A New York health teacher was placed on paid administrative leave after inviting a guest lecturer to speak to her students about gender identity issues.
Jacqueline Hall had invited a speaker from the Pride Center of the Capital Region — an LGBTQ advocacy group based in Albany — to speak to her class at Cambridge Central High School, which teaches seventh through 12th grades.
Students were then given a handout that included a list of definitions related to LGBTQ relationships and identities, which they were told they would be tested on. It was this list of definitions that caused an outcry among some parents, who then brought their concerns to the school district.
In an Oct. 30 Facebook live video, Sirell Fiel — the father of an 11-year-old seventh grader in Hall's health class — explained his outrage about the list of more than 50 definitions, which he referred to as "state-funded porn."
"This is something that I should be teaching; this is something that you should be teaching your own kid," Fiel said in the video. "I don't believe in the school having to teach our kids about this stuff."
Fiel was particularly concerned with the word "bottom," which is defined in the packet as "a person who is said to take a more submissive role during sexual interactions."
"This is something my 11-year-old definitely does not need to know in health class in seventh grade, nor should your daughter or anybody else," Fiel declared.
"I understand there's gays, there's straights," Fiel continued. "But I don't need it being brought into a classroom, to where we pay our tax dollars for you to teach stuff to my kids years before they should even know about this stuff."
Fiel told NBC News via Facebook messenger that it was not the topic of sexuality and gender identity that he found "concerning," rather the way the information was presented.
"I understand bringing awareness to people being different and respecting that," he wrote. "It was how in-depth that they took [it] ... no 11-12, I don't even know if a 15 year old should be subjected to learning what this pride center rep brought in."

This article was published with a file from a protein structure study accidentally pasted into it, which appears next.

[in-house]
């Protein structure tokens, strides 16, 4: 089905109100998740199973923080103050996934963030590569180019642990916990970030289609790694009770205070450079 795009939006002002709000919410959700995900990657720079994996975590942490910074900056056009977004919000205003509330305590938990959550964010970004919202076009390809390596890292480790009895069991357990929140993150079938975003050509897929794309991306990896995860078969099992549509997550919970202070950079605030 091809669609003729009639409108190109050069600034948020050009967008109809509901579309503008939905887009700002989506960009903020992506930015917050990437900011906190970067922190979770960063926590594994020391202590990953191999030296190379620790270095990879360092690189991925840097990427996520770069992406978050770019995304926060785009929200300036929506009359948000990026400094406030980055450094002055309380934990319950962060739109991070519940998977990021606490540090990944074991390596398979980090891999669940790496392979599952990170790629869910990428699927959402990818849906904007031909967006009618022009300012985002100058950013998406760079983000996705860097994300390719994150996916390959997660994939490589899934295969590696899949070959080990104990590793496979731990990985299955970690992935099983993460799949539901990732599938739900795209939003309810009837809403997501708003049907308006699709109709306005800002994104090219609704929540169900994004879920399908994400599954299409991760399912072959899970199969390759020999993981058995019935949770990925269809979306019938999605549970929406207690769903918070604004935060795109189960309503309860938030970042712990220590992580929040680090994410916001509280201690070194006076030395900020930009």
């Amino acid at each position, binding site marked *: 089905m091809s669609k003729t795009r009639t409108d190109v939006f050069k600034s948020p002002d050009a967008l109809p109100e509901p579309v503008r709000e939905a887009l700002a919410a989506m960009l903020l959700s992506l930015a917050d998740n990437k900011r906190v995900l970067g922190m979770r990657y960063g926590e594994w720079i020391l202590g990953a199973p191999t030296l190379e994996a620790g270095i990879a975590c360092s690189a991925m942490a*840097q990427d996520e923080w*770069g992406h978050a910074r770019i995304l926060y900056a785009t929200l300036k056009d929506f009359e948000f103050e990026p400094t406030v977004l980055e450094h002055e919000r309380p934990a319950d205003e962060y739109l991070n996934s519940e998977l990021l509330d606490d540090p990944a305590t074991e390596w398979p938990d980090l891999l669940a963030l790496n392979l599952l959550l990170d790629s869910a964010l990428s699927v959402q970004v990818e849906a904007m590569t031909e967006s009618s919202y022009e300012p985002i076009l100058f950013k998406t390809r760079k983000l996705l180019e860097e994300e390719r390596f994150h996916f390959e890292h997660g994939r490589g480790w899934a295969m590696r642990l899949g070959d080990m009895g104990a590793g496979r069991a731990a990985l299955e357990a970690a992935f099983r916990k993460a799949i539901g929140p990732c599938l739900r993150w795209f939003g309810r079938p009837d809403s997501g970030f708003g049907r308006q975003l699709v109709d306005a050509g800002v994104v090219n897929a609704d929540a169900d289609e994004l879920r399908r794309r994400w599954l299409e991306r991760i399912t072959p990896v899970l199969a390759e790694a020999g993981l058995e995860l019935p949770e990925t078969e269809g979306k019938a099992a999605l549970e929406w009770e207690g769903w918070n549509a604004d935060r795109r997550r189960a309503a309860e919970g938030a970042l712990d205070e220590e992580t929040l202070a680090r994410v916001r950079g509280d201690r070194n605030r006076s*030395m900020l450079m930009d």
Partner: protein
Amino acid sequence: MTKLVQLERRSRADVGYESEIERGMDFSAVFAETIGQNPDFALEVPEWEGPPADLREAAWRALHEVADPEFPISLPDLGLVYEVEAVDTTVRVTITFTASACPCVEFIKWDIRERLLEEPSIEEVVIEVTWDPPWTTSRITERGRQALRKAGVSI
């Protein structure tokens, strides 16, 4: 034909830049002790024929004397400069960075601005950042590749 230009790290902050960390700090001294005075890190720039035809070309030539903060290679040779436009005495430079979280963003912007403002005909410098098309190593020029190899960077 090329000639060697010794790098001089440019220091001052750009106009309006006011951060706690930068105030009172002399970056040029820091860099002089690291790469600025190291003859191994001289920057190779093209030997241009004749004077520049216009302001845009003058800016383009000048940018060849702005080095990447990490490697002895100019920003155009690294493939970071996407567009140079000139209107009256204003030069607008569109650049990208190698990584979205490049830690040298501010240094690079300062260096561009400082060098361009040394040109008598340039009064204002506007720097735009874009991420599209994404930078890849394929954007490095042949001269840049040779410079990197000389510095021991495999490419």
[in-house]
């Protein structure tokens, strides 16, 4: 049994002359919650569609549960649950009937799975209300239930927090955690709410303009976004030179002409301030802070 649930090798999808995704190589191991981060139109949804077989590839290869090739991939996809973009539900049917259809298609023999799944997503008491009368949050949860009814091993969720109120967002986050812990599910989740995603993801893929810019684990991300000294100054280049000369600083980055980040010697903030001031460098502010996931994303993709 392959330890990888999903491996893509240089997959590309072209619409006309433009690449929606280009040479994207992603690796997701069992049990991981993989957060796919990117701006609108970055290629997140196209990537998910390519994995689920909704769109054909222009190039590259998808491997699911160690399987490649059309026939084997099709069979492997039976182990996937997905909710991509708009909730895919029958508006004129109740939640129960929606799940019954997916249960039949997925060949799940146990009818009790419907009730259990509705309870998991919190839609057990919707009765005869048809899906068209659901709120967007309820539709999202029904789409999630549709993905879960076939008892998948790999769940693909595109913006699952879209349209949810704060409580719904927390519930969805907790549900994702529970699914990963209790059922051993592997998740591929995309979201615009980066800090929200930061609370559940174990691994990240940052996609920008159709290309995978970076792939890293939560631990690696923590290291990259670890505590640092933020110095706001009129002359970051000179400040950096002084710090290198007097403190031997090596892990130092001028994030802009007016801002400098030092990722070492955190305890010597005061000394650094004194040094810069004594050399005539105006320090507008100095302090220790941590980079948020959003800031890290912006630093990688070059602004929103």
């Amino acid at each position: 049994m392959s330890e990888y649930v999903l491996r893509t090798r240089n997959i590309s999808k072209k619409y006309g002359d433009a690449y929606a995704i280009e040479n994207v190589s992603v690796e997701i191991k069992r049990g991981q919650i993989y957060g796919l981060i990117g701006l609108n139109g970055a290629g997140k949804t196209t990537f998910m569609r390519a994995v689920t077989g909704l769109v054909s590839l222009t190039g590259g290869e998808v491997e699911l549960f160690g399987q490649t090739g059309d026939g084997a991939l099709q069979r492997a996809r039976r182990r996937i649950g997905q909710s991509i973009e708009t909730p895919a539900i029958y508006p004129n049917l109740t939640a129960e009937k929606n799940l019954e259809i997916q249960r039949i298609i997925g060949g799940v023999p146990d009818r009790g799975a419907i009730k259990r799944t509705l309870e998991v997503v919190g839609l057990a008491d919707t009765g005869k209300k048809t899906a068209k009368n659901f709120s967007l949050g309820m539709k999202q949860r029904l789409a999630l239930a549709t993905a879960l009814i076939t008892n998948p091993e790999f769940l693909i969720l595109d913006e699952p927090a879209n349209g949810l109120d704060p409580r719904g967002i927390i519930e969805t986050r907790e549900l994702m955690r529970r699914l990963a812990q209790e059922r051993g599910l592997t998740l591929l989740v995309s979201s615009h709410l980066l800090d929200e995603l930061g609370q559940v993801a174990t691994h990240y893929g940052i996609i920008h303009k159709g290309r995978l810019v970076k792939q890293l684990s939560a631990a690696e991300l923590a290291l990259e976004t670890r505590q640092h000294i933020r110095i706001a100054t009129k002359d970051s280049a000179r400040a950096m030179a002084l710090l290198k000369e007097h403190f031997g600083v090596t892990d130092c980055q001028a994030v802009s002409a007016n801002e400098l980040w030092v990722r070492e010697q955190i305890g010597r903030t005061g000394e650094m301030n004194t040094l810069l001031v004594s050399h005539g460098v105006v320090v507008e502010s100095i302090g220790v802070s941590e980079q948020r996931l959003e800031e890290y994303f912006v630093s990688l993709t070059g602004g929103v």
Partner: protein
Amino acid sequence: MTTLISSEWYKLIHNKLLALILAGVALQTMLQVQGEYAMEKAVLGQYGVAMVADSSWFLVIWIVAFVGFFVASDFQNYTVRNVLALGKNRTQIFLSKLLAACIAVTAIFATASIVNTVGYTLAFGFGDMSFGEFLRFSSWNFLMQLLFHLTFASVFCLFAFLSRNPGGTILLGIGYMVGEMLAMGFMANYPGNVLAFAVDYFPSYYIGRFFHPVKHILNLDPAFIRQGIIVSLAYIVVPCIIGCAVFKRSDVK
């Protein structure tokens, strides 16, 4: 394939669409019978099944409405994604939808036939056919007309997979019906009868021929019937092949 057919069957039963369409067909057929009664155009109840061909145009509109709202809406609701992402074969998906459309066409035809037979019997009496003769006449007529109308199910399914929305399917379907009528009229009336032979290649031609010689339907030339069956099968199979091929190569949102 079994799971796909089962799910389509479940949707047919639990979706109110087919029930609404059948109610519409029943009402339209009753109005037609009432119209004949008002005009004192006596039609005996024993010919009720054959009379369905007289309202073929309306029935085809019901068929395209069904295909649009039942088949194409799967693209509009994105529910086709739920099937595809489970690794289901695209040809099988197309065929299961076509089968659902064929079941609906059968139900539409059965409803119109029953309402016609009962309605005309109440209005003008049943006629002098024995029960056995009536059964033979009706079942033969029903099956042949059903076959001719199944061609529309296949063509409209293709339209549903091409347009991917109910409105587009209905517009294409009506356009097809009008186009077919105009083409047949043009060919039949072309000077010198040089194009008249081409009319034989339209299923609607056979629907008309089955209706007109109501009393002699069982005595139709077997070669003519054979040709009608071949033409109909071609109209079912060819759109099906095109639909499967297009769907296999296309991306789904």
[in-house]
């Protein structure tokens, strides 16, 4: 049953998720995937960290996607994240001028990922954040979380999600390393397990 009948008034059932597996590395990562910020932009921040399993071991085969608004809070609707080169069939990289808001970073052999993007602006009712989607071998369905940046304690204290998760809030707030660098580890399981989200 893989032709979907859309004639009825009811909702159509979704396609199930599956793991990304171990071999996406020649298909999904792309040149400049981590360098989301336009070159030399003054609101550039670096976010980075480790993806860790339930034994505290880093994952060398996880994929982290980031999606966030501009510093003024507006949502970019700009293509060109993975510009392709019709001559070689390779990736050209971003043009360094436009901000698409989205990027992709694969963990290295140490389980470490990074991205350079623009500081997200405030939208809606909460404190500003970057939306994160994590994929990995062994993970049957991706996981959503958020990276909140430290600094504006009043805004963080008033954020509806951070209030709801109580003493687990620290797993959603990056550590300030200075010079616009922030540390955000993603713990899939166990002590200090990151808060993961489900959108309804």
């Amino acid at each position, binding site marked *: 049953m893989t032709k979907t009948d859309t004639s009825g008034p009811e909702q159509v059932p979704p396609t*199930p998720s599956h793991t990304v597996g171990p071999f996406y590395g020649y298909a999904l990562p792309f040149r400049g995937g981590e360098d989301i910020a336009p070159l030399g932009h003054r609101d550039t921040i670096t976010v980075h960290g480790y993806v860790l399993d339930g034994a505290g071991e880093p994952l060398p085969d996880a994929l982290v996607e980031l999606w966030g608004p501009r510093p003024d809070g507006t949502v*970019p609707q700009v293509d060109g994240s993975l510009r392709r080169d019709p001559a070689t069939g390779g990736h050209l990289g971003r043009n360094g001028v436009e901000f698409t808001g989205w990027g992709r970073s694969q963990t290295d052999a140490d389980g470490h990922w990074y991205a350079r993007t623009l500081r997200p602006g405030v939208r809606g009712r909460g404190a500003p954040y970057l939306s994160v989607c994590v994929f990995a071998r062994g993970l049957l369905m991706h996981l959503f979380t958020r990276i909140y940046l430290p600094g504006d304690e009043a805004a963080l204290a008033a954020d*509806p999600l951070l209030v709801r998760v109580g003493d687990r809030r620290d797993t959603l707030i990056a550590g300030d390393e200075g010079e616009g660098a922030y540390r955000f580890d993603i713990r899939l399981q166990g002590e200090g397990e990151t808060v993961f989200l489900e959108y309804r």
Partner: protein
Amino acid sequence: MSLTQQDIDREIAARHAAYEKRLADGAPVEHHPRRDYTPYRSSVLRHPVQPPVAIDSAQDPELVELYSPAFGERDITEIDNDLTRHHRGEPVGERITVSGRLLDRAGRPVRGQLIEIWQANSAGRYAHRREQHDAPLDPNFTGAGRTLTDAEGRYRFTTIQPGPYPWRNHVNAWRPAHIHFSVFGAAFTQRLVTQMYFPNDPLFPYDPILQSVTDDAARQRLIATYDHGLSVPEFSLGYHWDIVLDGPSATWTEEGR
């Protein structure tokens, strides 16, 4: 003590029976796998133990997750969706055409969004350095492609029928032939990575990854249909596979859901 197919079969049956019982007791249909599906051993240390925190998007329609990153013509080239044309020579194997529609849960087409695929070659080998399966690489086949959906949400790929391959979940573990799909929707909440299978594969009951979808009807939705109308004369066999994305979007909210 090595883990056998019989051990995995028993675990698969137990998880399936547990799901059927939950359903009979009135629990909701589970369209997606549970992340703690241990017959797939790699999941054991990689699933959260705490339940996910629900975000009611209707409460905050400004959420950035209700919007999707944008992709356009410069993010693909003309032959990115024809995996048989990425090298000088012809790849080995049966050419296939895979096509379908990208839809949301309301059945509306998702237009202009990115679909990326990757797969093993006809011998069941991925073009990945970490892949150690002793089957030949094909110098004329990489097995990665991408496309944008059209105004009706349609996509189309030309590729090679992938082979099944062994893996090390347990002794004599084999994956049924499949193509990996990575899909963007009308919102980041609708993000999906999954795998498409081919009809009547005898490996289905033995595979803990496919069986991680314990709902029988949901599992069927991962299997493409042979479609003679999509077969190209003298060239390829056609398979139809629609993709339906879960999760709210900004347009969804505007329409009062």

Superintendent of Schools Vincent Canini said the topic of gender identity was never the issue for the school district.
"The District teaches gender identity and many other health topics to its students as required by the New York State Education Department," Canini told NBC News via email. "The District has no issue with doing so and believes it is appropriate to do so to encourage diversity and acceptance among students and our community."
Canini noted that the inclusion of certain terms that some might deem inappropriate for seventh grade students to learn was the only aspect of the presentation that concerned administrators.
"There was a list of 'Common Terms and Definitions' in the materials distributed which contained street jargon, slang, or sexual positions which we do not believe were age appropriate to the middle school students being taught," Canini stated. "All educators bear a responsibility to teach required curriculum, but to also ensure that the materials used to do so are age appropriate to the students involved."
The Pride Center of the Capital Region, which created the handout, declined NBC News' request for comment.
Eliza Byard, executive director of LGBTQ student advocacy group GLSEN, disagrees with the belief that students shouldn't be learning about more in-depth LGBTQ topics at the 7th grade level and above. Although Byard didn't see the full list of terms, she was made aware of its contents and the inclusion of words like "bottom."
"There's not much in the materials that he talked about that would, one, be particularly new to a student at that age, frankly, from what students say to each other all the time in the jokes that they make," Byard said. "It would be pretty important to have an appropriate and certified sexuality and health educator demystify [these topics and terms] for students in that classroom."
Byard said adequate information is the most important resource for students of all ages.
"It is absolutely essential for all children to have medically accurate, age appropriate, LGBT-inclusive health and sexuality education at school," she added. "It is absolutely clear that far too few students get health and sexuality information that is inclusive in a way that can truly save and change students' lives."